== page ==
For all they knew, any one of a dozen teams could’ve swooped in and offered Bledsoe a maximum offer sheet, putting Phoenix in the precarious decision of having to match on what remains something of an unproven product—despite a breakout 2013-14 campaign.

Further complicating matters is the contract status of Dragic, who is sure to turn down his $7.5 million player option for the 2015-16 season. That is, of course, assuming Phoenix doesn't preempt such a scenario by signing the Slovenian floor general to a long-term extension.

Winslow Townson/Associated Press

Taking the long view, Phoenix’s hardball approach to the Bledsoe negotiations makes perfect strategic sense.

From its perspective, Bledsoe’s stellar season was, at this point, less a bellwether than a promising outlier—a hint rather than a guarantor of things to come.

By retaining Bledsoe for his meager qualifying offer, the Suns would have an entire season to determine how they should seek to build their backcourt for the long haul.

But what if the gambit does more harm than good? What if sharing the floor with not one, but two top-caliber point guards expedites Dragic’s exit next summer? Furthermore, what if Bledsoe’s post-negotiation bitterness is so deep-seated that not even the prospect of becoming the team’s de facto leader is enough to secure his re-signing?

Here’s what we know: Barring the impossible, there’s no way Bledsoe doesn’t sign up for the qualifying offer on October 1.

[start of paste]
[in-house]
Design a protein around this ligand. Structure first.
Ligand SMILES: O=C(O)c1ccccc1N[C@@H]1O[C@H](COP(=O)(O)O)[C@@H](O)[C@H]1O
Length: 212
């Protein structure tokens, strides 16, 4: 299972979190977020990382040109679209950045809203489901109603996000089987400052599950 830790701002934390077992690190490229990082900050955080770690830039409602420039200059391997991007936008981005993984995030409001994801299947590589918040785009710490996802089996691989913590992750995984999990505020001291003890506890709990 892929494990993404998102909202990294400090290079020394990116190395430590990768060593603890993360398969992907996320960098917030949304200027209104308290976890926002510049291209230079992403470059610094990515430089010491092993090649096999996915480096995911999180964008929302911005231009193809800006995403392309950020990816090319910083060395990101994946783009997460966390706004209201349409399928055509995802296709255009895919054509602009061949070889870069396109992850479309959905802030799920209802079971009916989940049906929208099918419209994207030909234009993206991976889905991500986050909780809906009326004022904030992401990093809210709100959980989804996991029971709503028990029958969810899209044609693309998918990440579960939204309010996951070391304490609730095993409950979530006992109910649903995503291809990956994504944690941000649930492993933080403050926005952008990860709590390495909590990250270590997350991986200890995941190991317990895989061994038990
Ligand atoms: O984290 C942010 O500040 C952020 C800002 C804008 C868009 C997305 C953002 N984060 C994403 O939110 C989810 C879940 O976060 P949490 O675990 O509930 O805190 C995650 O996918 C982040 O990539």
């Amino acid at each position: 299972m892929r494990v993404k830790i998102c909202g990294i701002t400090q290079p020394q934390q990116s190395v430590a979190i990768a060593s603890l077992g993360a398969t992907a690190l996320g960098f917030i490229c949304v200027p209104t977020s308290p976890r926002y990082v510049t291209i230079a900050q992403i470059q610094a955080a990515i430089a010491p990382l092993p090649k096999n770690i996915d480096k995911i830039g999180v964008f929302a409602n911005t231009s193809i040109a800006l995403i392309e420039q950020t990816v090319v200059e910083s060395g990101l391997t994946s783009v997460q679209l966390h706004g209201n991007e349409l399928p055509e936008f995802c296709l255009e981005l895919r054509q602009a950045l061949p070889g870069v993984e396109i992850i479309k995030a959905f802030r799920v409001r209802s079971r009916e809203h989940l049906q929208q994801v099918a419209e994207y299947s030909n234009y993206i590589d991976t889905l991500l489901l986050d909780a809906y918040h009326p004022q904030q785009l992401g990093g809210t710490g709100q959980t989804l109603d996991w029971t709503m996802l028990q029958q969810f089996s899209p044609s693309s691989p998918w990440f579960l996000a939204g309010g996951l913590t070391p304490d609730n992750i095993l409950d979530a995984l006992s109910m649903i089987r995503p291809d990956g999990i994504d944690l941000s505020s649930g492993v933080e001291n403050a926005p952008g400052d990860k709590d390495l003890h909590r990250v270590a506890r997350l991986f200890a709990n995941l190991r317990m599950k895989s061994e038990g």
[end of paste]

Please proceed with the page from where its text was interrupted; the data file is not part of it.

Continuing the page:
Jason Getz/Associated Press

The decision Phoenix faces, then, is whether to bring Bledsoe back on the cheap now only to lose him later or strike out a longer-term deal agreeable to both sides, but which both jeopardizes its near-future cap space and increases the odds of Dragic leaving.

If their surprise 48-win season a year ago proved anything, it’s that the Suns are far closer to contention than just about anyone could’ve thought.

That inevitably changes the financial calculus, such that gambling on upside seems far less attractive than rolling with a sure thing.

Here’s Valley of the Suns’ Kevin Zimmerman on why Dragic better fits Phoenix’s near-future plans:

Why Dragic over Bledsoe? While the ceiling is lower, the risk-factor is less. This is a Jabari Parker versus Andrew Wiggins choice. The sure-fire pick is Dragic but the future could be Bledsoe. [Jeff] Hornacek and [Ryan] McDonough saw Dragic’s leadership in the EuroBasket tournament last season, and that’s something that has its own value. If winning is the key now, Dragic is more ready to do so.

There’s still plenty of time for the Suns to seek out potential sign-and-trades, of course, and you’d better believe general manager Ryan McDonough is hard at work doing just that.

Even if the lack of market intrigue means Phoenix won’t fetch nearly the return haul it might have earlier in the summer, Bledsoe is still young, talented and upside-laden enough to warrant an attractive trade package—especially if said packages aren’t wholly predicated on picks and expiring contracts.

Barring that, it’s safe to say head coach Jeff Hornacek will survive just fine, what with one of the league’s most formidable backcourts on his chess board.

Dragic and Bledsoe in particular have proven capable of cultivating a productive enough relationship that concerns over the future take an easy backseat to forging what could well be a playoff return in Phoenix.

Still, the Suns would be wise, in what little time remains, to tread carefully in their negotiations with Bledsoe—lest last year’s blessing becomes tomorrow’s curse.


Contract information courtesy of ShamSports.com.